Archive for August, 2009

Changing Earth: Photographers Call to Action

August 25, 2009

The Ansel Adams Gallery And Blue Earth “Changing Earth: Photographer’s Call to Action” At Mumm Napa

The Ansel Adams Gallery and Blue Earth are proud to host an inspiring photo exhibit and lecture series featuring our dramatically changing planet titled “Changing Earth: Photographers Call to Action” opening September 19, 2009 at Mumm Napa Fine Art Photography Gallery and running through March 13, 2010.

The Blue Earth Alliance would like to extend an invitation to our friends to join us for a sparkling wine reception at Mumm Napa on September 19 from 6:30-8:30 p.m. marking the opening of the exhibit. The reception and ongoing exhibit are open to the public and offered at no charge.

The exhibit features works from a variety of acclaimed Blue Earth project photographers who document earth’s changing environment and the impact of those changes on society. Blue Earth photographers and projects in the exhibit include: Daniel Beltrá (Amazon: Forest at Risk), Benjamin Drummond & Sara Joy Steele (Facing Climate Change: Global Change. Local People), Stephen Harrison (Visualizing Earth), Anne Marie Musselman (Finding Trust/The Sarvey Wildlife Project), Camille Seaman (Melting Away ? The Last Iceberg), Florian Schulz (Freedom To Roam: Wildlife Corridors), John Trotter (No Agua, No Vida: The Thirsty Colorado River Delta), and Rebecca Norris Webb (The Glass Between Us: Reflections on Urban Creatures).

Mumm Napa Winery is located at 8445 Silverado Trail, Rutherford, CA 94573. Visitor center and fine art photography gallery hours are 10:00 a.m. to 5:00 p.m. daily.

Lecture Schedule
Nov. 7th – Drummond/Steele, “Facing Climate Change”
Dec. 5th – Camille Seaman, “Connection and Purpose”
Feb. 6th – Stephen Harrison, “Visualizing Earth”
Mar. 6th – John Trotter, “The Future of the Colorado River”
TBD – Florian Schulz, “Freedom To Roam

Check out the Blue Earth Alliance website for further updates.


Chris Jordan during TEDtalk

August 20, 2009

From the 2008 TEDtalk, Chris Jordan explains his work and how it aims to connect our everyday actions to the unfathomable statistics we encounter on a daily basis. Approx. 11 minutes in length.

Photograph of the Day- by Olivier Jobard

August 18, 2009

Olivier Jobard, from a 1 year project documenting a 23 year old man’s migration from Camaroon to Spain. For more images and further info, click here.

Picture 1

Kevin Bauman- 100 Abandoned Houses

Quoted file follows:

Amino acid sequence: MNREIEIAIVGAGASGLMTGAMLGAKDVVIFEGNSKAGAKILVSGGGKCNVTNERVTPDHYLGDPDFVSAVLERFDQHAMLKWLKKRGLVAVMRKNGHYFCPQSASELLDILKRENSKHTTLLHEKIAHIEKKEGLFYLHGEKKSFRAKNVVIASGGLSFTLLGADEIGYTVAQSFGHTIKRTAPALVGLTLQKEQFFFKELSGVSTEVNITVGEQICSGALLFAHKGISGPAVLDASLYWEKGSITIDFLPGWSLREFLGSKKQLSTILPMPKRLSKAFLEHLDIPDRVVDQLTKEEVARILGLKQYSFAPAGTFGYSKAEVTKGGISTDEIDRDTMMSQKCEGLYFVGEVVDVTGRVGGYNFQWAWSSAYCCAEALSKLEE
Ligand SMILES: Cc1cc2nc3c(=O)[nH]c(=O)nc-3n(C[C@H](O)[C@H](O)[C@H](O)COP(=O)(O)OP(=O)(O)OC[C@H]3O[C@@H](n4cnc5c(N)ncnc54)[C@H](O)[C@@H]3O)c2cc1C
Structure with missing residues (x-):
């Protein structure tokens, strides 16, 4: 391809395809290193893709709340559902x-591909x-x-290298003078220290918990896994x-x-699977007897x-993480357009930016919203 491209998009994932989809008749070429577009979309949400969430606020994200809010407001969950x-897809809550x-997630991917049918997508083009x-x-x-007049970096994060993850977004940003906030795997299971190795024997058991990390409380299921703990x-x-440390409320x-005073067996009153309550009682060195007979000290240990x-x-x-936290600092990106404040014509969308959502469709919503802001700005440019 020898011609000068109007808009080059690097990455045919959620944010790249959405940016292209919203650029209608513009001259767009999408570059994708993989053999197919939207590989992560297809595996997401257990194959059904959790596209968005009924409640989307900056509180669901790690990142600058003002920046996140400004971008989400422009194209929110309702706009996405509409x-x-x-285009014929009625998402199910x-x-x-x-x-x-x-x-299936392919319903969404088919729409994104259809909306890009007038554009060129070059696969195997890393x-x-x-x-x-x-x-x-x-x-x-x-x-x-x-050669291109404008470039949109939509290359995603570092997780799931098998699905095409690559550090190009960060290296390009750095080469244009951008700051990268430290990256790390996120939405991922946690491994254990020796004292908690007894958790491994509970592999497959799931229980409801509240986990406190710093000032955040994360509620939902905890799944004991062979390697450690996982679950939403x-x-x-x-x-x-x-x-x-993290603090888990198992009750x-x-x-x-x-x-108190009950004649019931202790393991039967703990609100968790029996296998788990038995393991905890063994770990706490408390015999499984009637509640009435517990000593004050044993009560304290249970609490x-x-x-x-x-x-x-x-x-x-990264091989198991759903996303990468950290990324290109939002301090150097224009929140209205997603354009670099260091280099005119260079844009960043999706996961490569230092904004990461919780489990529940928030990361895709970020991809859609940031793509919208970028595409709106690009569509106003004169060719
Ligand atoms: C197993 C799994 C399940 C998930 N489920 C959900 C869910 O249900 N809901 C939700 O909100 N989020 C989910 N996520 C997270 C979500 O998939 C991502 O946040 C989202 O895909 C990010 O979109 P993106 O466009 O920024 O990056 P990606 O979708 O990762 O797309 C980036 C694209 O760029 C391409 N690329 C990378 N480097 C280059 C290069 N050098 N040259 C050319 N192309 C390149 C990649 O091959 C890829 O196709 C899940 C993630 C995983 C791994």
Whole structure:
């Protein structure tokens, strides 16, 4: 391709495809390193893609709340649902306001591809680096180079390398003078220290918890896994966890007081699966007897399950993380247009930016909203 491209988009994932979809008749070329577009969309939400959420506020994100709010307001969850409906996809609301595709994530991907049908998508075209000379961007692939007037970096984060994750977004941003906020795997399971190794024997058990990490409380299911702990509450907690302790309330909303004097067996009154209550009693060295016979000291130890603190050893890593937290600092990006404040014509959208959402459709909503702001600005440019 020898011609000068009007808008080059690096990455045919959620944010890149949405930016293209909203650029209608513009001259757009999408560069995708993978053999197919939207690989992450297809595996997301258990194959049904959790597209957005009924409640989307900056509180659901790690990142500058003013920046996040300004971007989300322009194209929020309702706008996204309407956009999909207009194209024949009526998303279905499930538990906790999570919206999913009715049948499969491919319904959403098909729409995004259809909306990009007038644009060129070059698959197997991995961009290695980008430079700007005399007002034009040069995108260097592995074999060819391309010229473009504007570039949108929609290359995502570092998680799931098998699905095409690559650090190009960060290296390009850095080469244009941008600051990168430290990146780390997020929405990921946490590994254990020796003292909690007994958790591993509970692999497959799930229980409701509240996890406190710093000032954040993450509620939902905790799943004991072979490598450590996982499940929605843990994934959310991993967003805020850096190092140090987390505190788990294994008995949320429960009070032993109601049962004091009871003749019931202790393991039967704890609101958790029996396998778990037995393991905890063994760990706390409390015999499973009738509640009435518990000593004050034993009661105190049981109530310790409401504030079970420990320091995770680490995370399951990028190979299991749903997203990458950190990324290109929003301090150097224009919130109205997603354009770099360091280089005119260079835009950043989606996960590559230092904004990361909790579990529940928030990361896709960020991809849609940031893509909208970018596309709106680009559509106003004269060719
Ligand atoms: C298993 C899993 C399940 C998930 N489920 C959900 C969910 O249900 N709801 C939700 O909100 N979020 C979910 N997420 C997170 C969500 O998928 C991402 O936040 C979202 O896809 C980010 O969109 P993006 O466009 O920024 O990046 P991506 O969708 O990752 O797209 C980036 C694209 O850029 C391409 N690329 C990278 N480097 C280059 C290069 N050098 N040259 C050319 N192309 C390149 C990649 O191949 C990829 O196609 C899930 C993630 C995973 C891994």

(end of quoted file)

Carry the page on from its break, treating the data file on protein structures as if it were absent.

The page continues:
August 7, 2009


Motor City. If you’ve never been to Detroit, your assumptions about it– industry centered around the automobile, mostly working class neighborhoods, and rough around the edges– are truer than ever before. Built on the rise and popularity of the automobile along with a boom during industrialization, Detroit put every single last one of its eggs into a completely unsustainable basket. With the continuing decline of the economy, the housing market crisis, and the ultimate collapse of prominent American car manufacturers based there, the city is bordering a fine line on the verge of collapse. If it hasn’t hit that mark already.


It also happens to be a behemoth of a city, roughly the area of San Francisco, Boston, and Manhattan combined. Yet it is grossly underpopulated for it’s relative size. Many are moving out of Detroit due to rising unemployment, increased frequency of foreclosures, and higher costs of living, thus leaving businesses, residents, and sometimes even entire neighborhoods abandoned. The divide between the rich still there, and the poor barely hanging on, continues to grow larger.

A foggy morning in Detroit

“That a once great city could find itself in such great distress, all the while surrounded by such affluence,” fascinated Kevin Bauman, a photographer who considers Detroit his hometown. He has photographed the city for many years, recently turning his camera specifically onto the many abandoned homes on the rise. While the title of this body of work is called “100 Abandoned Houses”, in his artist statement, he confirms it’s somewhere closer to a staggering 12,000.


The photographs are immediately striking first and foremost in their simple composition– geometric lines, a center focused frame, and often symmetrical elements. Bauman remains roughly the same distance from each location he photographs, creating a catalog when viewed in a grid, or focusing your eye on both differences and similarities when viewed one following another sequentially. The images are void of humans, although a car does peak into the frame sometimes– clear metaphors for both the unsustainability of recent years mortgages and resulting foreclosures, as well as Americans’s fascination with cars (in both unnecessary multiples and highly inefficient large sizes), along with the previous American administration’s consistent denial of any problems and refusal to address issues before the onslaught of inevitable crises, most of which we’re currently in.


This is not simply another body of work on decay as beauty, or the aesthetic appeal of deterioration we often find in countless photographs of abandoned buildings. Instead, we find the sum of our collective actions; the outcome of our political, socioeconomic, and environmental choices; and the fatal flaws in a government that answers to corporations over its own citizens.


I urge you to view more of these images on the site dedicated to them, aptly titled 100 Abandoned Houses. To view more of Bauman’s other work please visit his website Bauman has released an extremely well priced limited edition set of prints with partial proceeds going to various organizations doing work on rebuilding Detroit. For more details on pricing and to purchase a print, click here.